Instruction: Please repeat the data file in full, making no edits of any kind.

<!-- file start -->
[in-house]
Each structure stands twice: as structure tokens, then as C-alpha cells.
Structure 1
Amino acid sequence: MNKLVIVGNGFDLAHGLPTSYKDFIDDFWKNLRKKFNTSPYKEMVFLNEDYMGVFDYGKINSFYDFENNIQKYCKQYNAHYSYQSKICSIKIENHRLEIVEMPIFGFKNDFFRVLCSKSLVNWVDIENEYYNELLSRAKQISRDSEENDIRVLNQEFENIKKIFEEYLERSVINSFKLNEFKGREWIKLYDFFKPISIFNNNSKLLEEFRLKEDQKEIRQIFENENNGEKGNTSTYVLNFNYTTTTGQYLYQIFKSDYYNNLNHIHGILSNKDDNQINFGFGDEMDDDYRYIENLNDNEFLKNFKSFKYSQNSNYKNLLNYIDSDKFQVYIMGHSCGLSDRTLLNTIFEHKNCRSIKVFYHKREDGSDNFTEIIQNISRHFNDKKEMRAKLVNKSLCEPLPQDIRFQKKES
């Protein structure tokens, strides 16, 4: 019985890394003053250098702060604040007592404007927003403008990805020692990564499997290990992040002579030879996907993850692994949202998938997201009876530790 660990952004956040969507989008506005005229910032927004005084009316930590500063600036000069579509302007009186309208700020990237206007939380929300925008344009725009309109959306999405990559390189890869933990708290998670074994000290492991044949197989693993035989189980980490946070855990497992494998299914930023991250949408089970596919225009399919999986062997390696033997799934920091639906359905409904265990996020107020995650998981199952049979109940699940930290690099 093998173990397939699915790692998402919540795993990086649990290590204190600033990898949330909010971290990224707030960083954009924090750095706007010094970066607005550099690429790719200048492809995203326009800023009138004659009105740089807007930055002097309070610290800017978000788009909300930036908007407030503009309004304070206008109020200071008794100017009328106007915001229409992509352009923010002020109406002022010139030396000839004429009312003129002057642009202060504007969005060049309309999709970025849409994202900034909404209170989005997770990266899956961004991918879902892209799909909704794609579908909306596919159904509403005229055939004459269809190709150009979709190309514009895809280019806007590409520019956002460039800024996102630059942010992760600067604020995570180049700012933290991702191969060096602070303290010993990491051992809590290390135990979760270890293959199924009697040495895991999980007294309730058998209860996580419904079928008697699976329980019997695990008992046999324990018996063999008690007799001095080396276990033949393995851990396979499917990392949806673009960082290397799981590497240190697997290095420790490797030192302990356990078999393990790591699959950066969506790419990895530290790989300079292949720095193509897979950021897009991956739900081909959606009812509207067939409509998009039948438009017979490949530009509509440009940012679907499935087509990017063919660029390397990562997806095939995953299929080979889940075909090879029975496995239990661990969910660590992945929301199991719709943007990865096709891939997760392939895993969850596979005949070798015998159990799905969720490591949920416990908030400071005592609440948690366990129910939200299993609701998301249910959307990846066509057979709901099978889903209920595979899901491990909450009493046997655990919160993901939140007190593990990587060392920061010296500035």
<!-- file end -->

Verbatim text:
[in-house]
Each structure stands twice: as structure tokens, then as C-alpha cells.
Structure 1
Amino acid sequence: MNKLVIVGNGFDLAHGLPTSYKDFIDDFWKNLRKKFNTSPYKEMVFLNEDYMGVFDYGKINSFYDFENNIQKYCKQYNAHYSYQSKICSIKIENHRLEIVEMPIFGFKNDFFRVLCSKSLVNWVDIENEYYNELLSRAKQISRDSEENDIRVLNQEFENIKKIFEEYLERSVINSFKLNEFKGREWIKLYDFFKPISIFNNNSKLLEEFRLKEDQKEIRQIFENENNGEKGNTSTYVLNFNYTTTTGQYLYQIFKSDYYNNLNHIHGILSNKDDNQINFGFGDEMDDDYRYIENLNDNEFLKNFKSFKYSQNSNYKNLLNYIDSDKFQVYIMGHSCGLSDRTLLNTIFEHKNCRSIKVFYHKREDGSDNFTEIIQNISRHFNDKKEMRAKLVNKSLCEPLPQDIRFQKKES
């Protein structure tokens, strides 16, 4: 019985890394003053250098702060604040007592404007927003403008990805020692990564499997290990992040002579030879996907993850692994949202998938997201009876530790 660990952004956040969507989008506005005229910032927004005084009316930590500063600036000069579509302007009186309208700020990237206007939380929300925008344009725009309109959306999405990559390189890869933990708290998670074994000290492991044949197989693993035989189980980490946070855990497992494998299914930023991250949408089970596919225009399919999986062997390696033997799934920091639906359905409904265990996020107020995650998981199952049979109940699940930290690099 093998173990397939699915790692998402919540795993990086649990290590204190600033990898949330909010971290990224707030960083954009924090750095706007010094970066607005550099690429790719200048492809995203326009800023009138004659009105740089807007930055002097309070610290800017978000788009909300930036908007407030503009309004304070206008109020200071008794100017009328106007915001229409992509352009923010002020109406002022010139030396000839004429009312003129002057642009202060504007969005060049309309999709970025849409994202900034909404209170989005997770990266899956961004991918879902892209799909909704794609579908909306596919159904509403005229055939004459269809190709150009979709190309514009895809280019806007590409520019956002460039800024996102630059942010992760600067604020995570180049700012933290991702191969060096602070303290010993990491051992809590290390135990979760270890293959199924009697040495895991999980007294309730058998209860996580419904079928008697699976329980019997695990008992046999324990018996063999008690007799001095080396276990033949393995851990396979499917990392949806673009960082290397799981590497240190697997290095420790490797030192302990356990078999393990790591699959950066969506790419990895530290790989300079292949720095193509897979950021897009991956739900081909959606009812509207067939409509998009039948438009017979490949530009509509440009940012679907499935087509990017063919660029390397990562997806095939995953299929080979889940075909090879029975496995239990661990969910660590992945929301199991719709943007990865096709891939997760392939895993969850596979005949070798015998159990799905969720490591949920416990908030400071005592609440948690366990129910939200299993609701998301249910959307990846066509057979709901099978889903209920595979899901491990909450009493046997655990919160993901939140007190593990990587060392920061010296500035």